Laundry Detergent: DIY and Save Money

DIY detergent and cleaning suppliesWhether you share a common laundry room or are lucky enough to have laundry facilities in your rental, everyone faces a similar challenge: How to save on the suds. (And no, not just the drinking kind.)

Depending on the amount and the frequency with which you do the laundry, a year's worth of detergent can cost you $75 or more. (This assumes spending less than $7 a month for detergent. You can easily spend more for high-energy formulas or fancier brands.) That's on top of the coins necessary to run the machines and/or the utility expenses you absorb for the luxury of having facilities in your building.

To quickly motivate yourself ask: How long does it take me to make that $75, or what else would I rather buy with it?

The solution? Some slimy, but frugal, DIY laundry detergent.

Here's the how and why, and a secret the laundry detergent cartel doesn't want you to know....
The blogger The Simple Dollar (TSD) discovered that the cost of his homemade goop cost him just 2 cents a load. That cost is nearly ten times less expensive than a Consumer Reports' recommended detergent. He determined the effort involved was still worthwhile, even compared to buying in bulk at a place like Costco or Wal-Mart.

You'll need:
• 4 cups of water.
• a cheese grater.
• 1/3 bar of cheap soap.
• 1/2 cup washing soda (not baking soda).
• 1/2 cup of Borax (20 Mule Team).
• 5-gallon bucket with lid for mixing and storage.
• 3 gallons of water.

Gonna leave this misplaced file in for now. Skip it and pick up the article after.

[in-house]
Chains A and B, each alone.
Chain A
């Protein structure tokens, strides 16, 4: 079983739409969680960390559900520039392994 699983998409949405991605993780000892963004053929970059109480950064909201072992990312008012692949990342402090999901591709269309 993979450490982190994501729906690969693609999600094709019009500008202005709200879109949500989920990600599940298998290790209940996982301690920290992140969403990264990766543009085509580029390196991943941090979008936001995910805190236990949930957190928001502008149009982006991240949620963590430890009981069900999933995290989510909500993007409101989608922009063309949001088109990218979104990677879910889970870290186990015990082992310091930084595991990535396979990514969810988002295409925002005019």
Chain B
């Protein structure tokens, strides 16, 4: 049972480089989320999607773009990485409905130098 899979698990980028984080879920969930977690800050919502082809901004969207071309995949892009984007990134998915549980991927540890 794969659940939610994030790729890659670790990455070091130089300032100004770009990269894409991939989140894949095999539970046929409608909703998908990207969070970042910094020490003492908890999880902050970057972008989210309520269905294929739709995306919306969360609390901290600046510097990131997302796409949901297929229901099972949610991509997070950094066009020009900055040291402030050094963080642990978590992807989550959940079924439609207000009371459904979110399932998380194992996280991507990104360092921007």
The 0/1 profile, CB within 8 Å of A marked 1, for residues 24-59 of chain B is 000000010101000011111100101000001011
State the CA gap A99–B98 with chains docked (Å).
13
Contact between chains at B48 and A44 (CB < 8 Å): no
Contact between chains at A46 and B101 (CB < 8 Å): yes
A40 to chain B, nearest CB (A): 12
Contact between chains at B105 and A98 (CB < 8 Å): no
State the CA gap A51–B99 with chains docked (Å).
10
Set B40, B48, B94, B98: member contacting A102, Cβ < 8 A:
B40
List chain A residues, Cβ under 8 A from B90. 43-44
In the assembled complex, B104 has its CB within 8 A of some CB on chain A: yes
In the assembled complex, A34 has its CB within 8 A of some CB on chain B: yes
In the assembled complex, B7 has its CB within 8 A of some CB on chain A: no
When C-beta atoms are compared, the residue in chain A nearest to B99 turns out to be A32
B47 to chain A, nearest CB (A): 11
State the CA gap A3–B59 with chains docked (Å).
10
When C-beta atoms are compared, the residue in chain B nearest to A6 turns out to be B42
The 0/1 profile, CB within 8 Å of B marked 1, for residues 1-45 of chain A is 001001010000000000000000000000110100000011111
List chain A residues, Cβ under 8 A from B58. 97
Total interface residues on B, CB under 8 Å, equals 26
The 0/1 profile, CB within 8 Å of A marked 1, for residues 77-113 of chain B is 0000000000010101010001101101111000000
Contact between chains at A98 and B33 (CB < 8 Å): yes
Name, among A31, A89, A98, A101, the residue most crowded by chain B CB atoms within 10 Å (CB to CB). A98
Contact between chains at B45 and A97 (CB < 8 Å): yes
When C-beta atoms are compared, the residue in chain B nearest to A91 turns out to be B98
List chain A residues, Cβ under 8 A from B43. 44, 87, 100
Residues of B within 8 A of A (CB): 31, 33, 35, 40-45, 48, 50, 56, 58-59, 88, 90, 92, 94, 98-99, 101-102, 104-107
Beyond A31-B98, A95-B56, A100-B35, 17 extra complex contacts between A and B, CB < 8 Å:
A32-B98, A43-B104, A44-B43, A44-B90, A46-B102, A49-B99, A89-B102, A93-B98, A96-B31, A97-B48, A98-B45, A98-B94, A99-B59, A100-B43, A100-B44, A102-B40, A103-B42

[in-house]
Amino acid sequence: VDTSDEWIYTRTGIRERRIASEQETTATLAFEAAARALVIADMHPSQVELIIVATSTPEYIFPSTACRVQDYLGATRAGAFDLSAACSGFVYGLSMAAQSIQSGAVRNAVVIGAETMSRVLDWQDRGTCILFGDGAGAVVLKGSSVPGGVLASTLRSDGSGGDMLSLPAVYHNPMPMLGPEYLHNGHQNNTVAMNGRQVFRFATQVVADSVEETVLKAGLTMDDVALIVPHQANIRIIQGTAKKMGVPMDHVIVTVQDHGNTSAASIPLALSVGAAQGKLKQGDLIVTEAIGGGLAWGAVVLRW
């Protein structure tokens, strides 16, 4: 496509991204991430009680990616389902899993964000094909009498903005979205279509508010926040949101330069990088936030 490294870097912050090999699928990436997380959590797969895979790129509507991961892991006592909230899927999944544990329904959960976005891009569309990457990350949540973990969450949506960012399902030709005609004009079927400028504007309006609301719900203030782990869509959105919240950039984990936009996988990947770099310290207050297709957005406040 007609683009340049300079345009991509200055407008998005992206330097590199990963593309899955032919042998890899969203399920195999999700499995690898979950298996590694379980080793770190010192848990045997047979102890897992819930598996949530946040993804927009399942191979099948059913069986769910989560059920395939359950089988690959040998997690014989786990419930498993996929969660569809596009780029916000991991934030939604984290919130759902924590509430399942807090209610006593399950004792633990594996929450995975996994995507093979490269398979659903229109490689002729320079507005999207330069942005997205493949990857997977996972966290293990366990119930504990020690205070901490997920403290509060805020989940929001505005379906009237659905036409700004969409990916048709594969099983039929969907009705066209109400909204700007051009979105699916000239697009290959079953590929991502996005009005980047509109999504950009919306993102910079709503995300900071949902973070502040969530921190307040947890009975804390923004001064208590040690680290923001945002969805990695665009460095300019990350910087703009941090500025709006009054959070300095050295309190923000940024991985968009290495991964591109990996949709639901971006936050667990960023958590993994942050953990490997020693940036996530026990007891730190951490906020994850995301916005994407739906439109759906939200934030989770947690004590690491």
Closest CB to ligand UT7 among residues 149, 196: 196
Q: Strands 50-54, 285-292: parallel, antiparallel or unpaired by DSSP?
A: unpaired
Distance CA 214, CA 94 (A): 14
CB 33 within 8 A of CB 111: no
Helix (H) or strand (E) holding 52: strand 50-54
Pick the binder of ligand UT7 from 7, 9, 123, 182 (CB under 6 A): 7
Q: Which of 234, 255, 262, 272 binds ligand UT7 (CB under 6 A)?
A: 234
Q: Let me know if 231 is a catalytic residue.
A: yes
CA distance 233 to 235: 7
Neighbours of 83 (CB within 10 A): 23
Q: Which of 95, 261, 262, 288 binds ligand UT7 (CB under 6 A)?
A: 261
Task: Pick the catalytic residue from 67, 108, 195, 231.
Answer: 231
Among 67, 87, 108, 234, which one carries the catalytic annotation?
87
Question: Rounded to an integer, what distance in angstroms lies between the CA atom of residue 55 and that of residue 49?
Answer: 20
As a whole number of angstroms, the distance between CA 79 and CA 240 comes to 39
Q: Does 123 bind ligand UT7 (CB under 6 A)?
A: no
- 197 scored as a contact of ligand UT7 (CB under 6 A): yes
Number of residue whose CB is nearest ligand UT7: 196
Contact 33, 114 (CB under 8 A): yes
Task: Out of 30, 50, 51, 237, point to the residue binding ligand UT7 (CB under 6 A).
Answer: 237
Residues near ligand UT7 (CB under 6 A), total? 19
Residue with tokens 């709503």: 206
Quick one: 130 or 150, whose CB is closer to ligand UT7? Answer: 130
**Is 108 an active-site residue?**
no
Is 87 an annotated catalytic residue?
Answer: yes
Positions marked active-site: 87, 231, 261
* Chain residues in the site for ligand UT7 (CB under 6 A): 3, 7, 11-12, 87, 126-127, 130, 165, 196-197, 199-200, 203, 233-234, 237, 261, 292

Instructions: Heat the four cups of water in a pot on the stove to boiling. While you're waiting for the water to boil, use the cheese grater to shave your cheap bar soap into small pieces. Add the grated soap to the pot, bring the mixture to a boil and let simmer, stirring slowly. (This is the most "cooking-intensive" part of this procedure, for anyone wondering.)

Next, grab your big, 5-gallon bucket and fill it with approximately 3 gallons of water. Pour in your soap mixture. Cover, and let it sit overnight. The next morning you'll have a big bucket of detergent you can use for the next 50-plus loads of laundry. The detergent's consistently will range from globby to jello-esque. The color will depend on the cheap bar soap you've used, but will look something like this:

The Simple Dollar provides a step-by-step visual guide to making the laundry detergent here.

Here's an even bigger secret: Maybe you don't need detergent at all. Laundry detergent is a relatively new product. People have been washing clothes in bodies of water since ... well, the invention of clothing. The true key to clean clothes is the agitation of the water through the soiled clothing. Washboards, wringers, and other human-powered tools have been used for centuries. Some, like blogger Funny About Money, report that skipping the detergent didn't make a bit of difference.

Still, if foregoing detergent entirely leaves you in a cold sweat, consider the thrifty detergent recipe above. It's the best method of laundering money back into your pocket. Once everything is washed you can choose a side in the "Right to Dry" cultural wars.
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